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Ok, I know it says no politics but I think we can make an exception about this one, since it isn`t one of those themes that will cause a left vs right killing spree. Also I think we all agree on this one.
I just want to share with you what we are going through so I can hear your oppinions and know how it`s handled in other countries, so we can use your experience and apply it here.
Also note that this isn`t a Pro-Evo Morales or Anti-Evo Morales thread at all.
This is just a slip by our national equivalent or the I.R.S. which is in contradiction with legislation about culture and is currently on debate. But this has brought to the table some bigger issues. Like we don`t have an artists union of any kind in the country. The state doesn`t legally recognices us as artist (when we pay taxes we do so as "entertainment agencies" becouse there isn`t an artist category, there aren`t any specific policies or laws to promote cultural and artistic growth...)

So how does the state protect you as an artist in your country? Do you pay taxes? as much as everybody else? how does your artists union work? what benefits you get? have you been part of the birth of an artist union?..

If you want to know about the "slip" by our own I.R.S. and the consequencial protests, read below.

The thing is that there has been some major shows here in Bolivia lately (Shakira, Calle 13... and a couple of more), and apparently, there has been some serious tax evation from the organizers. So our I.R.S. took some definite measures to prevent that from happening again, but they didn`t take into consideration that those terms applied to the average local artist, will kill it`s opportunities to make art. They themselves recogniced in a recent meeting that they don`t know how the local music business works and the damage it creates, so we are trying to see what would be fair and what can be done about it.

Their measures are this:
1) All courtesy tickets must pay taxes (the same ammount as the cheapests tickets sold).
2) All artists/organicers must make a safety deposit to ensure that he will pay the taxes. This deposit must be deposited into a state account on a bank before you start printing the tickets. After you deposit it, you print the tickets, sell them, make the concert, pay your taxes based on the ammount of tickets sold, and only after you have payed your taxes, you get your deposit back (1-3 months later, if they don`t find any irregularity)
3) The deposit is 35% of the retail price of all tickets printed.
One of the most known local bands was making a tribute to Santana in a mid venue (for about 2,000 people).
Their deposit was about 8k$ (the whole lot of tickets printed was about 23k$). Needless to say, they didn`t have enough money since all they had was already invested in sound, venue...etc. so it was canceled, with a big loss for the band and the manager spent on rehearsals, session musicians, publicity...

So after that first show was cancelled, we saw how bad it was and how they were enforcing it, so we started organizing, which is a good thing. Because we are already talking about a national artists union (which we don`t have) and a lot of other things.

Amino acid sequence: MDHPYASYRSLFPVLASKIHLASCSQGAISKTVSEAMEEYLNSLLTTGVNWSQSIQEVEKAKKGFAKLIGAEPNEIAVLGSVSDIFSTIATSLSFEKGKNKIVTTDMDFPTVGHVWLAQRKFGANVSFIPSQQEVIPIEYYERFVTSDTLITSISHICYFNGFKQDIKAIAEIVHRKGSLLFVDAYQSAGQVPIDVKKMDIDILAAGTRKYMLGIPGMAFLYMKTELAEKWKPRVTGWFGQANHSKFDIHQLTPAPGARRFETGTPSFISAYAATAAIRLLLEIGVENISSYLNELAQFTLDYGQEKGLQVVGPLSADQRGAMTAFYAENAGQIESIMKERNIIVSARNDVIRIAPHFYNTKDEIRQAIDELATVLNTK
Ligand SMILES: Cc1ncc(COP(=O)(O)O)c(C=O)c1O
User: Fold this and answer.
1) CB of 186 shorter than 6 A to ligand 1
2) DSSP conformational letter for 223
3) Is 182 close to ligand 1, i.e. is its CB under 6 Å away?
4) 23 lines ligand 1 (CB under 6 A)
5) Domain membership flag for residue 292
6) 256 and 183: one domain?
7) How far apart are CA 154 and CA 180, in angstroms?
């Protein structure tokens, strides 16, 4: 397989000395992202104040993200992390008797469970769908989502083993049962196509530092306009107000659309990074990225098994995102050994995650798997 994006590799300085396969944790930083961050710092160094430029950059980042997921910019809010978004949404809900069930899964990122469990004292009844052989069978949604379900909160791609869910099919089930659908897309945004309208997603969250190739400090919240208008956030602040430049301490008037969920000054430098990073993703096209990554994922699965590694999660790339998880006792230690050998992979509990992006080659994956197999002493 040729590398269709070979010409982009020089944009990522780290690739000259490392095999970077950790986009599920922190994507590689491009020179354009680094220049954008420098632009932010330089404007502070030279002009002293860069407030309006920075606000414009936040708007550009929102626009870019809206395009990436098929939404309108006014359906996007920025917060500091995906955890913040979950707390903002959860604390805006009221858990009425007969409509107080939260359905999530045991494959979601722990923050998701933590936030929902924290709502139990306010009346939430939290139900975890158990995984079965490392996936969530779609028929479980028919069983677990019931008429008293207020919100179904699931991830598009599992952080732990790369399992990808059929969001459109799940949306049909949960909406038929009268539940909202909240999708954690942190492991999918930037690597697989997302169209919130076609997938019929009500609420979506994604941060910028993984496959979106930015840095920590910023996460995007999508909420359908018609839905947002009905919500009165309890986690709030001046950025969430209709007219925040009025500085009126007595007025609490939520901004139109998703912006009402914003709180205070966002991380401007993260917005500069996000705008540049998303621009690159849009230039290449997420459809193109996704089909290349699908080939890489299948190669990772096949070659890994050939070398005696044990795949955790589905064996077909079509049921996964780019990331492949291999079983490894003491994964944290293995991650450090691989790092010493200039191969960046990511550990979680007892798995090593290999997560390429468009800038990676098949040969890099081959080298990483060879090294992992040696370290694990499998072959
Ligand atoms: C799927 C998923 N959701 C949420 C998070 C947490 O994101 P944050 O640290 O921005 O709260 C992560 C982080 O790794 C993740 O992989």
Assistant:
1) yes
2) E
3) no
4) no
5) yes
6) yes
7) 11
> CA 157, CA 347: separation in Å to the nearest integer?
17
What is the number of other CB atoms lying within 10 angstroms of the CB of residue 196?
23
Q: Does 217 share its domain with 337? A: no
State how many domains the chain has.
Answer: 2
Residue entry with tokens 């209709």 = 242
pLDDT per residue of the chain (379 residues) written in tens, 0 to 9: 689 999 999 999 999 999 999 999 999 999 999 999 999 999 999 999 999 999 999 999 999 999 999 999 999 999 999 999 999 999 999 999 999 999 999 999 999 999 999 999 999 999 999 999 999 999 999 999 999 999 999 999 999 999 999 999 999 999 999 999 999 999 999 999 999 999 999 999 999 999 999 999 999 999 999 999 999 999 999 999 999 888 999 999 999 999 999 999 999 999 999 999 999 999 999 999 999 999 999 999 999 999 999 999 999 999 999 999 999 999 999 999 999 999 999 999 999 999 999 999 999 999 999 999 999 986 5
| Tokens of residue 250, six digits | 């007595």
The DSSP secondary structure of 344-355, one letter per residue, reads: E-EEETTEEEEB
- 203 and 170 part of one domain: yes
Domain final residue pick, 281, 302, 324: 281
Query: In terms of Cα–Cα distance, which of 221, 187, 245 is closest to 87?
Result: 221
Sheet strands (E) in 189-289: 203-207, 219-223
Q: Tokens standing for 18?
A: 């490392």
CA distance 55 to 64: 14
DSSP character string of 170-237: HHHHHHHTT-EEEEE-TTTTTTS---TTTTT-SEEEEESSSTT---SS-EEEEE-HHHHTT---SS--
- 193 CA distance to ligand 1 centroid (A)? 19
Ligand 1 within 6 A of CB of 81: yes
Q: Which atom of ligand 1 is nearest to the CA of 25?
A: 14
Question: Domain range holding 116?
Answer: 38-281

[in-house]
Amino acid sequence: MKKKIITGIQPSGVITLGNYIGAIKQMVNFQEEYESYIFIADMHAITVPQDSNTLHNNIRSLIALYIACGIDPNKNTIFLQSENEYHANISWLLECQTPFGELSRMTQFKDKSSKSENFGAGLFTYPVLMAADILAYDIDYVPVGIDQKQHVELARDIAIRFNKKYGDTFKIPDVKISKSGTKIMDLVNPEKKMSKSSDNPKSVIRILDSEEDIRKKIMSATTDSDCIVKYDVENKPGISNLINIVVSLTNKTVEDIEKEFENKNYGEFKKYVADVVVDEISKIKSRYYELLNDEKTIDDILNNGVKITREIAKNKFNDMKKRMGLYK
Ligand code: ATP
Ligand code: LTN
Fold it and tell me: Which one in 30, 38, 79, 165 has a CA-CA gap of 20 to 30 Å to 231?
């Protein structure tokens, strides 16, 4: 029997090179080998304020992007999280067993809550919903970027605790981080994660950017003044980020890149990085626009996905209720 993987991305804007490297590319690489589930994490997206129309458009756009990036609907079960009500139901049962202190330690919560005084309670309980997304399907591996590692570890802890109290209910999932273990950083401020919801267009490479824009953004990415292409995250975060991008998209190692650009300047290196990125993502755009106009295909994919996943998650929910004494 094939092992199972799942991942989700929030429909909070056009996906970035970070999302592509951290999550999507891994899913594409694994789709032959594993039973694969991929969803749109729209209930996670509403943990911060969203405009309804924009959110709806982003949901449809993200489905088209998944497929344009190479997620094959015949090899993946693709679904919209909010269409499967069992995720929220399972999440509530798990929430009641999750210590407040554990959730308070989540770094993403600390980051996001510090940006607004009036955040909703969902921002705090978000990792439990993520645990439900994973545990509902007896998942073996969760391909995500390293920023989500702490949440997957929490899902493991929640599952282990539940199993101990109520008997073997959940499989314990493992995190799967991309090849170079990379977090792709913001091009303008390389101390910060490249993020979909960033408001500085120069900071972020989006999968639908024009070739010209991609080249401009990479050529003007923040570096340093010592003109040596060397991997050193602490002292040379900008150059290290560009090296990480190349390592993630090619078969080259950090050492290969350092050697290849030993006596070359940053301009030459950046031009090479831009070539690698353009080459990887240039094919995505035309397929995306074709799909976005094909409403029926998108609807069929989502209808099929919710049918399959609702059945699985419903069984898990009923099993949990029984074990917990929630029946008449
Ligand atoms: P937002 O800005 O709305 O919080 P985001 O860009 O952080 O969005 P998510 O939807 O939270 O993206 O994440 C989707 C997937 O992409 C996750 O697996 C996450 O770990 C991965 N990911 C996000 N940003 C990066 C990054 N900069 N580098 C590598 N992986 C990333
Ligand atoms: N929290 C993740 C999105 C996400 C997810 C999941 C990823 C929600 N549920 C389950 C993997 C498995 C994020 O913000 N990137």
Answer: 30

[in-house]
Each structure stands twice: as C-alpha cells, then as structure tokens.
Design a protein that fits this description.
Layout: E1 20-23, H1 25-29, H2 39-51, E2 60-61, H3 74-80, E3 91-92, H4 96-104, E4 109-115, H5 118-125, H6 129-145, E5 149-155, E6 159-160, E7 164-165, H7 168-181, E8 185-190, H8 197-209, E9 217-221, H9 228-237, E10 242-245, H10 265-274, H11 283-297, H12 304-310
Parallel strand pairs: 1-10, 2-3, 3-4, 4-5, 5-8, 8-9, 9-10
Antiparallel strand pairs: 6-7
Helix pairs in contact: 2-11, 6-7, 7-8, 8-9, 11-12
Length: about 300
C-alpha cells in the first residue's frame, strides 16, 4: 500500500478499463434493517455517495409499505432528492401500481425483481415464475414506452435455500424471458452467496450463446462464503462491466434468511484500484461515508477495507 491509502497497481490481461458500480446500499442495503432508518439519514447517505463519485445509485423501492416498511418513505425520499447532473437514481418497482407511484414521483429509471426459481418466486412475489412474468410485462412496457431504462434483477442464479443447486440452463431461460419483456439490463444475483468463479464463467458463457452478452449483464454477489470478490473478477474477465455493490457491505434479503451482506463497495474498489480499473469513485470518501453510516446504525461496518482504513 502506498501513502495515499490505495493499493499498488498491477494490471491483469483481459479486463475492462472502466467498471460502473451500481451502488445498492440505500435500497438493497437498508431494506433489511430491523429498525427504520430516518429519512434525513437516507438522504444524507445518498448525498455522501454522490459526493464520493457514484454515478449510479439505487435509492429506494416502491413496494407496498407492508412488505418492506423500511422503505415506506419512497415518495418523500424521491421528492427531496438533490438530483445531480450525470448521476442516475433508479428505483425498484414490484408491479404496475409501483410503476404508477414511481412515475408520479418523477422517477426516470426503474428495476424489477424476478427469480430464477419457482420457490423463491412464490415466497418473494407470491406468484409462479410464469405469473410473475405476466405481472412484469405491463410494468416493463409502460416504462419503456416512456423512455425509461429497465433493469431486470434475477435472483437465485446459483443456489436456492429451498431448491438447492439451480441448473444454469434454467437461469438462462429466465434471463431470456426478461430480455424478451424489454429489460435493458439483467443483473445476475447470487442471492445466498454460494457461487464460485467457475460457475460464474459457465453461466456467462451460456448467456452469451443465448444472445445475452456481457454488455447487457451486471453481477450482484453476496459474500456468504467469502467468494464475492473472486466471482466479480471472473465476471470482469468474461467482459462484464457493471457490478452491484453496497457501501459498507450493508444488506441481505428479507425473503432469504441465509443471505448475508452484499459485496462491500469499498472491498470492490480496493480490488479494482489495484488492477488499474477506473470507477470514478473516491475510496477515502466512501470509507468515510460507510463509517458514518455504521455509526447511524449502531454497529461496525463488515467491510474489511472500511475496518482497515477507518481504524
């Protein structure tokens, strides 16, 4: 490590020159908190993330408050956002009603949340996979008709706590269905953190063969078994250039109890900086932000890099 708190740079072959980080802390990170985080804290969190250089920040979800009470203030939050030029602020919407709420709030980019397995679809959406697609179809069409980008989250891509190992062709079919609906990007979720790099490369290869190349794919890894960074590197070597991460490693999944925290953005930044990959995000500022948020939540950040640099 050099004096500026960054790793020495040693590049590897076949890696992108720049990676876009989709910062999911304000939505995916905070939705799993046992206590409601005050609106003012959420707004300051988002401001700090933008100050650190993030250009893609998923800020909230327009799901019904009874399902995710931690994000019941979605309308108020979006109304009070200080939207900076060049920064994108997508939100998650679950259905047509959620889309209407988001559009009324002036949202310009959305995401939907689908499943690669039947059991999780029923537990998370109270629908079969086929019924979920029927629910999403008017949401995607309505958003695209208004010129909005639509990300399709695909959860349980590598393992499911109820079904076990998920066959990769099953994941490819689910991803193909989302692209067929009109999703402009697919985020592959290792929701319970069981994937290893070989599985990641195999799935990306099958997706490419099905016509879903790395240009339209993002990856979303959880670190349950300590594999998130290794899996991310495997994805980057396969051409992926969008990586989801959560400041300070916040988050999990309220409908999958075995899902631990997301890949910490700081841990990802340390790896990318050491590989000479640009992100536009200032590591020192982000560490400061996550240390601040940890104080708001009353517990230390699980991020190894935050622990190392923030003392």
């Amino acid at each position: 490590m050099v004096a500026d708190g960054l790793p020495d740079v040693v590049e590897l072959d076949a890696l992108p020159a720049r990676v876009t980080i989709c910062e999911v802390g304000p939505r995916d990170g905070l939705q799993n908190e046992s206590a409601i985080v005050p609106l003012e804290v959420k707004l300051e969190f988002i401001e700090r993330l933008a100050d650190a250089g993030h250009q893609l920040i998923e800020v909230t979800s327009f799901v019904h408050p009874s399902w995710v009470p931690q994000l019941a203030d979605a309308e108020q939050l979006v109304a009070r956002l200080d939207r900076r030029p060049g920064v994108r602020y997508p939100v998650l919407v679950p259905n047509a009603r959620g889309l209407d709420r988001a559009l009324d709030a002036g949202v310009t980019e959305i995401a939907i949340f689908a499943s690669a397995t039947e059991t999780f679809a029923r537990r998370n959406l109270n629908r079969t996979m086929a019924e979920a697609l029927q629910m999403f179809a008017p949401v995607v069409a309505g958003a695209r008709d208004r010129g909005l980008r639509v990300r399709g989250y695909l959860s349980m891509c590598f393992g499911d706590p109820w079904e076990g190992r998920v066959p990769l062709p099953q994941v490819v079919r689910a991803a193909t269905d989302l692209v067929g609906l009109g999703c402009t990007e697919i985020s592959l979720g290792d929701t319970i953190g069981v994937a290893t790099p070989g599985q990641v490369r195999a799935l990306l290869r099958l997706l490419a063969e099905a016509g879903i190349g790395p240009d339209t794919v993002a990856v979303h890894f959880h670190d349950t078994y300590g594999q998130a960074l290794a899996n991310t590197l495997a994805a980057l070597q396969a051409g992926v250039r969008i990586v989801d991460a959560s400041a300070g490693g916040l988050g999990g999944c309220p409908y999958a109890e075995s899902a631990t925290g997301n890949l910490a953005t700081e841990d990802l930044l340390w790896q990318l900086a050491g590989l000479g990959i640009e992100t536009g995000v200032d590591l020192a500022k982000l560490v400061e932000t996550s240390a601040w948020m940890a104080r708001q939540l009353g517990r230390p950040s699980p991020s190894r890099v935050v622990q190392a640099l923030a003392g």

One good move we did (a bit inspired by Rage Against the Machine :P) was to make a peaceful concert in the doors of our I.R.S. We took a Marshall JCM800, a powered Behringer speaker with a mike, and we started playing at the front entrance.

We were no threat whatsoever, but still they closed the main entrance because it`s made of glass, not wall, so they always do that as a standart precaution. But in our case they left the side door open, so inside everything was moving normally and no one was obscructed of doing their daily duties, which NEVER happens in these kinds of protests.
Here is a pic of the protest. That`s me on the left with the gray t-shirt with the floor tom
We even made a banner that says "Clausurado" (shut down) with is the banner they put on the door of a business when they close it for tax evasion. So we put ours in their door.

Even the police elite unit came armed with tear gas and everything ready to use it on us. We talked to them, explained the situation, that we were artists, not rioters, that we were making a peaceful and artistic demonstration, that people were going in and out through the side gates and everything was going on normally...
They told us that it was orders from above to get that door cleared, but if we promised to leave peacefully, they were going to let us play for half an hour more. So we played 6 songs (with ALL national media broadcasting live at noon) and we left, but not without thanking the cops through the speaker and giving them a big round of applause for handling things peacefully, for once.

The minister of culture saw that on TV and freaked out (especially since it was two days before the beginning of the meeting of all culture ministers from latin-america).
She had no idea about the cancellation of the santana tribute, or that it was being enforced on local artists. So she started moving and calling meetings with us and people from the I.R.S.
This was on monday, so we are barely starting to work on the subject.

That is why I need different perspectives of how we should work, and concrete examples of other countries that we can bring to the table so the people from the I.R.S. see how it is handled and how it should be handled.

I think that is as much as I can talk about the subject for it to remain impartial and non-political